Vivendi Games, maker of the wildly popular World of Warcraft online role-playing game, has agreed to merge with American rival Activision to create the world's largest video game maker.
The complex share and cash deal, unveiled yesterday, will create a combined entity valued at $18.9bn (£9.2bn), with nearly $4bn in annual turnover.
Vivendi's chairman, Jean-Bernard Levy, said the creation of the new company, to be called Activision Blizzard, is a reflection of the evolution of video games from what was once the province of lonely adolescent boys to what today is a rapidly growing global entertainment market.
"This is a much larger entertainment story than it used to be. It's gone beyond the usual young male games addicts. It's a different, much broader story," he said, pointing the popularity of new consoles such as Nintendo's Wii, which have games aimed at women and the elderly as well as children, and the proliferation of games for mobile phones. "There are tons of things we can do now to leverage all that. This is where innovation in entertainment is happening right now," Mr Levy added.
Bringing together Vivendi's strength in computer-based games with Activision's expertise in games such as Spider Man and Guitar Hero for consoles such as the Wii and Sony Playstation 3, the newgroup will leapfrog Electronic Arts as the world's biggest game publisher.
For Activision, the key attraction was Blizzard, the American software group owned by Vivendi Games which created World of Warcraft, an online world of orcs and dungeons that at last count had signed up 9.3 million gamers, each paying a monthly fee of around £9. The economics of such online games are very powerful because once the games are designed, they have a steady subscription-based revenue stream and require minimal marketing, as their popularity is fed by internet forums and word of mouth. Blizzard, for example, expects to generate an operating profit of $520m on $1.1bn in turnover this year – a margin of nearly 50 per cent.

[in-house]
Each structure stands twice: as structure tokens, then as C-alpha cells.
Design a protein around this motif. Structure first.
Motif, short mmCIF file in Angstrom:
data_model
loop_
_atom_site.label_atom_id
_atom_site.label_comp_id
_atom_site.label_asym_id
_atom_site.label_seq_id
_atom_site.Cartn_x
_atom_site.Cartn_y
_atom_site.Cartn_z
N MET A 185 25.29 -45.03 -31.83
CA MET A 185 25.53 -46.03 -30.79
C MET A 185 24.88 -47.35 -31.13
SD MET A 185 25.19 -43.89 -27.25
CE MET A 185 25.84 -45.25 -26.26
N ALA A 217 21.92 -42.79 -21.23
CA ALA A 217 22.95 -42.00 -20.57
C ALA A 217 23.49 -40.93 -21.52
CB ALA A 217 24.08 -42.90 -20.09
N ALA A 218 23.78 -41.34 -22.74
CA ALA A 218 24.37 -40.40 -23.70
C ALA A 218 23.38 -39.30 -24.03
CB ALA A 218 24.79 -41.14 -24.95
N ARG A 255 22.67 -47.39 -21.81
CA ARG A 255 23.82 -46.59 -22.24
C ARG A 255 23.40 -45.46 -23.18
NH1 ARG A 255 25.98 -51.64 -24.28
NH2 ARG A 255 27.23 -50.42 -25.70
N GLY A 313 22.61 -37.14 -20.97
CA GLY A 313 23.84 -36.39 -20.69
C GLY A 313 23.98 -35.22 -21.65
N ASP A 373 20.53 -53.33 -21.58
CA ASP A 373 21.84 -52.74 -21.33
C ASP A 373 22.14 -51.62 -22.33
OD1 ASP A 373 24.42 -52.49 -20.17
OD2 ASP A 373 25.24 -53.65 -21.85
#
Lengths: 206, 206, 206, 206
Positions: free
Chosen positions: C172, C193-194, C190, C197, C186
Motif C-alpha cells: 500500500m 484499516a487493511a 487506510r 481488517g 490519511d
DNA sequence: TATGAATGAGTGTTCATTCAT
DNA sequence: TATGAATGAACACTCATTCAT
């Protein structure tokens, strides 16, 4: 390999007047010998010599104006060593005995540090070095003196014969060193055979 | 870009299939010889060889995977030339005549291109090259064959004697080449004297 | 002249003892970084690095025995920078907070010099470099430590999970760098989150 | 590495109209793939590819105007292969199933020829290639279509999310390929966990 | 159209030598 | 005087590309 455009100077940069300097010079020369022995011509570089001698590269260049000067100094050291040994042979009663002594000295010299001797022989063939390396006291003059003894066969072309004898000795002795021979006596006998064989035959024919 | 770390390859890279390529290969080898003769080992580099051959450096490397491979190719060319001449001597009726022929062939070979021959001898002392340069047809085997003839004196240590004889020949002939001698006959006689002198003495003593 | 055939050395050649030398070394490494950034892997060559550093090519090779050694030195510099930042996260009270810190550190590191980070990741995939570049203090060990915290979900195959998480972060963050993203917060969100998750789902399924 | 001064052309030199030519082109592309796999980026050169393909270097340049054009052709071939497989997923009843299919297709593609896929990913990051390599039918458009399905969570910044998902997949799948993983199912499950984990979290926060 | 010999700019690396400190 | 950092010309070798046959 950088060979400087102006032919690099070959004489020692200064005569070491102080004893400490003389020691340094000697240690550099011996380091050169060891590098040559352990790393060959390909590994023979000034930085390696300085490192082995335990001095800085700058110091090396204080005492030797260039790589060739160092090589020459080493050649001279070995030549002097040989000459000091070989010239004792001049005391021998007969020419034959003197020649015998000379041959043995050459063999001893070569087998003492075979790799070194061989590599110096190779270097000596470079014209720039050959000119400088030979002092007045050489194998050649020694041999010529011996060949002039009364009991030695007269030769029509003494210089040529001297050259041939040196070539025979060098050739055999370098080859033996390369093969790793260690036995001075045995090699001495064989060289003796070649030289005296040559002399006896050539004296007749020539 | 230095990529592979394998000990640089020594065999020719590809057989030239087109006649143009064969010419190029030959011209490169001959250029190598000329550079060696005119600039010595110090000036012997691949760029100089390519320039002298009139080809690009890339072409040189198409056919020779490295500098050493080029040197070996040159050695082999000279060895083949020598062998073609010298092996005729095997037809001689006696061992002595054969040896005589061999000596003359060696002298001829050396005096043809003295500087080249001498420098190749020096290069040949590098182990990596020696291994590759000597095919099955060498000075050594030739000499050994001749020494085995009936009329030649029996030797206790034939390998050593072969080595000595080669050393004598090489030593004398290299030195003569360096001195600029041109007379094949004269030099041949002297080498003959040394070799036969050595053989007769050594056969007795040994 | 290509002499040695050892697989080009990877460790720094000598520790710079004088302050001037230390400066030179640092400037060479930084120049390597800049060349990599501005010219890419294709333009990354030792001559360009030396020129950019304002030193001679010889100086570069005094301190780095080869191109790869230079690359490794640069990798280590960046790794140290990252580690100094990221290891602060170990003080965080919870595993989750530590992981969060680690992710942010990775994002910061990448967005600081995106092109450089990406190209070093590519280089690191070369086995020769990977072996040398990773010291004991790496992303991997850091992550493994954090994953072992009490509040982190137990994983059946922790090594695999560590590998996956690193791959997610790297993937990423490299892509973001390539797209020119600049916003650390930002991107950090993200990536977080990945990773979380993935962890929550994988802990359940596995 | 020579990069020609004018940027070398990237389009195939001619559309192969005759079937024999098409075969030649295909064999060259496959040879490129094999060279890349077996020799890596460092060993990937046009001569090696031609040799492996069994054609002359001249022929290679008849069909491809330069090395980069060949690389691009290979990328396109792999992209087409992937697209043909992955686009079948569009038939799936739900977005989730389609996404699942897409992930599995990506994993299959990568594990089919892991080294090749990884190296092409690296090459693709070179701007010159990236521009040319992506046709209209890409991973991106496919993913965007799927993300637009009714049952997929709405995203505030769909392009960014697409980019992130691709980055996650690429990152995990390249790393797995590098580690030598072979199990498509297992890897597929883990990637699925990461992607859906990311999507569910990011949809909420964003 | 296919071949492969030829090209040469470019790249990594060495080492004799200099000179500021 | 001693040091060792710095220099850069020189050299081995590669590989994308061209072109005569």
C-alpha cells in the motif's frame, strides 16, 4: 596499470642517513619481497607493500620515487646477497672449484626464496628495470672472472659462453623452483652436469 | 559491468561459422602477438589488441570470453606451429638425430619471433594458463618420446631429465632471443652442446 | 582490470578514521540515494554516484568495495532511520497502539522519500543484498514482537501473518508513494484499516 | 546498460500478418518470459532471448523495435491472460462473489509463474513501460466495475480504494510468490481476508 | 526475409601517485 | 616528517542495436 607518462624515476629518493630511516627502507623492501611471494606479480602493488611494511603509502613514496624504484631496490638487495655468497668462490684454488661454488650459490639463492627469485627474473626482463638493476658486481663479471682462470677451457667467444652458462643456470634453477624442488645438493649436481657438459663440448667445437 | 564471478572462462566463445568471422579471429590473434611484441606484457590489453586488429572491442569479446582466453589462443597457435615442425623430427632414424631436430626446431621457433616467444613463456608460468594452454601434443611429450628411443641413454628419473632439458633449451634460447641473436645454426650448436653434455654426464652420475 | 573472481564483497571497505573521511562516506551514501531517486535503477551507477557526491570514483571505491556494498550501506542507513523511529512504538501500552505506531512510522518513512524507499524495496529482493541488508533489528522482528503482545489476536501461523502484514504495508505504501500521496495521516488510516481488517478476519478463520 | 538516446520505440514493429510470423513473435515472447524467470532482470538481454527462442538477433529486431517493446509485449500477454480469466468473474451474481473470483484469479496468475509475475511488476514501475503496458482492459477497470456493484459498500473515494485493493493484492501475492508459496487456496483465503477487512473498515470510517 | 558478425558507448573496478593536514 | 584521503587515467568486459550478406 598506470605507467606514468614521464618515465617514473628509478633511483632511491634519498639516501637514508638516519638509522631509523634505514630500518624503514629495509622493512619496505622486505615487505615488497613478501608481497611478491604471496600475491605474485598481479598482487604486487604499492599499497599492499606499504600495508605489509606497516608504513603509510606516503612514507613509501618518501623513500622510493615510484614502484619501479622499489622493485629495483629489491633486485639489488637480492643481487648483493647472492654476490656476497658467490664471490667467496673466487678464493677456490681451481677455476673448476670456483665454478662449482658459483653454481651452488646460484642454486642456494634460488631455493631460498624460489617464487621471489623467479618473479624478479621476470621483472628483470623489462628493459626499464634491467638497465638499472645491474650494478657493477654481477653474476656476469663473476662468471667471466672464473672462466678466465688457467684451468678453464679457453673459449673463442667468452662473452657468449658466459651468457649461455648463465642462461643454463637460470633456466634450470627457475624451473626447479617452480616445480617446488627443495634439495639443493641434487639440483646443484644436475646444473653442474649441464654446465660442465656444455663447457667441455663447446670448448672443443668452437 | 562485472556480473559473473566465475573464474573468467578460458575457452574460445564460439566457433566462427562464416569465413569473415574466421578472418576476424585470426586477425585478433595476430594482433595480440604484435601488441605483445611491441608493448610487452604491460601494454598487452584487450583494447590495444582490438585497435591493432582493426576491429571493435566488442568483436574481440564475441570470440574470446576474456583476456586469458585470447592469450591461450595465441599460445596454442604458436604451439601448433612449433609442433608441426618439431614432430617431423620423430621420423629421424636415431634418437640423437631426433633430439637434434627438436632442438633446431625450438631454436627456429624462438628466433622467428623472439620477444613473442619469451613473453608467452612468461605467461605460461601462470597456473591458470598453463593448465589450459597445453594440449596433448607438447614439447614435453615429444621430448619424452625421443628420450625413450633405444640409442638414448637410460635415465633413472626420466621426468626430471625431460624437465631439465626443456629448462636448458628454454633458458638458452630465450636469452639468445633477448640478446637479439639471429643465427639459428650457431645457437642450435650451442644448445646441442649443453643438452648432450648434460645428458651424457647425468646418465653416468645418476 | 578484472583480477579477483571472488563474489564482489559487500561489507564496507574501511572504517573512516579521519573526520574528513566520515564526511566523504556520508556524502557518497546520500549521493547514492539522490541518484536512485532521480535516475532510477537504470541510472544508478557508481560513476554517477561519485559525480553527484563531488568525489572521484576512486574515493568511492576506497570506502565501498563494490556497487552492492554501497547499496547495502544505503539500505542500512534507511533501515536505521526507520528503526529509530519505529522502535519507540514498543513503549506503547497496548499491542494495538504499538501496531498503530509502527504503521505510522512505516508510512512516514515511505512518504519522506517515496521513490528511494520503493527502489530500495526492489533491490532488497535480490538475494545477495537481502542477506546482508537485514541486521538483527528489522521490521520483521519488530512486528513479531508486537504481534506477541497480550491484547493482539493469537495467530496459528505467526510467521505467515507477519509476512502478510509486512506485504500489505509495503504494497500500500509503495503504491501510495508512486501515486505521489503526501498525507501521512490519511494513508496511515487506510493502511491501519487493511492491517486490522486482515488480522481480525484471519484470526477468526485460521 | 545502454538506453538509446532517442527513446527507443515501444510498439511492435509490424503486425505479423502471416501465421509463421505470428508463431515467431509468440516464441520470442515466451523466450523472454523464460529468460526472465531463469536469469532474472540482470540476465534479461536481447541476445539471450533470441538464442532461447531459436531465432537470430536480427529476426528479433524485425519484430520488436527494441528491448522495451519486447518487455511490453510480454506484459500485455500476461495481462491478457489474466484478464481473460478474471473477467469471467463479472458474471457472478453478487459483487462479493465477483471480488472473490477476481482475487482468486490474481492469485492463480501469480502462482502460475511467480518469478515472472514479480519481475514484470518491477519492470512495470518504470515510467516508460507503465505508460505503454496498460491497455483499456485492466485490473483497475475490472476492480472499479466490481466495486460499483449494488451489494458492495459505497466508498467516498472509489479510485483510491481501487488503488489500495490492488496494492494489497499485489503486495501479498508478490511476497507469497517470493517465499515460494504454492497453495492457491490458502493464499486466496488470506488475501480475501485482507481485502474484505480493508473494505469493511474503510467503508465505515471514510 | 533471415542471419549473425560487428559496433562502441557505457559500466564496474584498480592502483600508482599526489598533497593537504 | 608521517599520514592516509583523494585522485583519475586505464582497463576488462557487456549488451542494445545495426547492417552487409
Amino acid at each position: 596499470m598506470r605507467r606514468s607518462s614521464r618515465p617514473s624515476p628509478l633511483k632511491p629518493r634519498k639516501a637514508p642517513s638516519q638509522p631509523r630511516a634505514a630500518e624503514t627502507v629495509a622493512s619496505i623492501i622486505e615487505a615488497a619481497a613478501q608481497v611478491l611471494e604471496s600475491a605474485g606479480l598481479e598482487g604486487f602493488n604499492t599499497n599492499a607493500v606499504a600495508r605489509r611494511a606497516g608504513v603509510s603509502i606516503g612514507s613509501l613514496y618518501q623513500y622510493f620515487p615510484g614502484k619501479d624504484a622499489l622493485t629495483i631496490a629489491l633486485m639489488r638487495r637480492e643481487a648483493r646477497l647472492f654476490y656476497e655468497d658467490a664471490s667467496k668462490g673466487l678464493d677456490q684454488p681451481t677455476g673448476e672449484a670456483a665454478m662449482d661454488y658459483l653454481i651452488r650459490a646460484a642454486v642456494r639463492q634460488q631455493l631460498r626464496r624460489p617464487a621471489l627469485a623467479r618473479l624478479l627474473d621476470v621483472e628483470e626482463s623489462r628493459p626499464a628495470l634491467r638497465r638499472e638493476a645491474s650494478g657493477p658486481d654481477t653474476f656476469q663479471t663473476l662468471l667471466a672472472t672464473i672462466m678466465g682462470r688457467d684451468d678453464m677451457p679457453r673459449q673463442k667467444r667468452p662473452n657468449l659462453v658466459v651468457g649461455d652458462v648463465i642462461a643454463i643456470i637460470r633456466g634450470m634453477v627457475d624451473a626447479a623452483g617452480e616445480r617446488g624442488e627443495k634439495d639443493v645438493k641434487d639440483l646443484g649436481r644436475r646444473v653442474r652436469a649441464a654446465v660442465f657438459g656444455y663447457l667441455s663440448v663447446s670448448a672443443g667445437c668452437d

Getting access to those margins means that the combined group will be " light years ahead in terms of operating profitability" of its other rivals, said Robert Kotick, chairman and chief executive of Activision.
Activision, which will remain as a publicly traded stock on the Nasdaq exchange, expects the deal to add to earnings immediately. Under the terms of the transaction, Vivendi will end up with a 52 per cent ownership stake in the combined entity through two separate transactions. First, it will merge its games unit into Activision in exchange for 295 million shares of the American company's stock at $27.50 per share. It will then pay an additional $1.7bn in cash for a chunk of newly issued shares.
Vivendi could push up its holding to as much as 68 per cent if investors fully take up a $4bn tender it plans to launch within a week of the deal's completion.
The transaction comes as the world's big three console makers – Nintendo, Microsoft and Sony – are set to square off in a sales race pitting their respective next-generation consoles against each other during the Christmas shopping season.
Crucial to winning the sales war is the quality of the games that are developed for each system. Activision's Guitar Hero series, which is sold with a replica Gibson guitar fitted with multicoloured buttons on the neck that the player has to "play" in time with scrolling notes on the screen, has been a boon to Sony's Playstation.
Mr Kotick will be president and chief executive of Activision Blizzard, while Vivendi Games' chief executive, Bruce Hack, will take over as vice-chairman and chief corporate officer of the combined group. The deal is subject to approvals from the US and European antitrust authorities and Activision shareholders.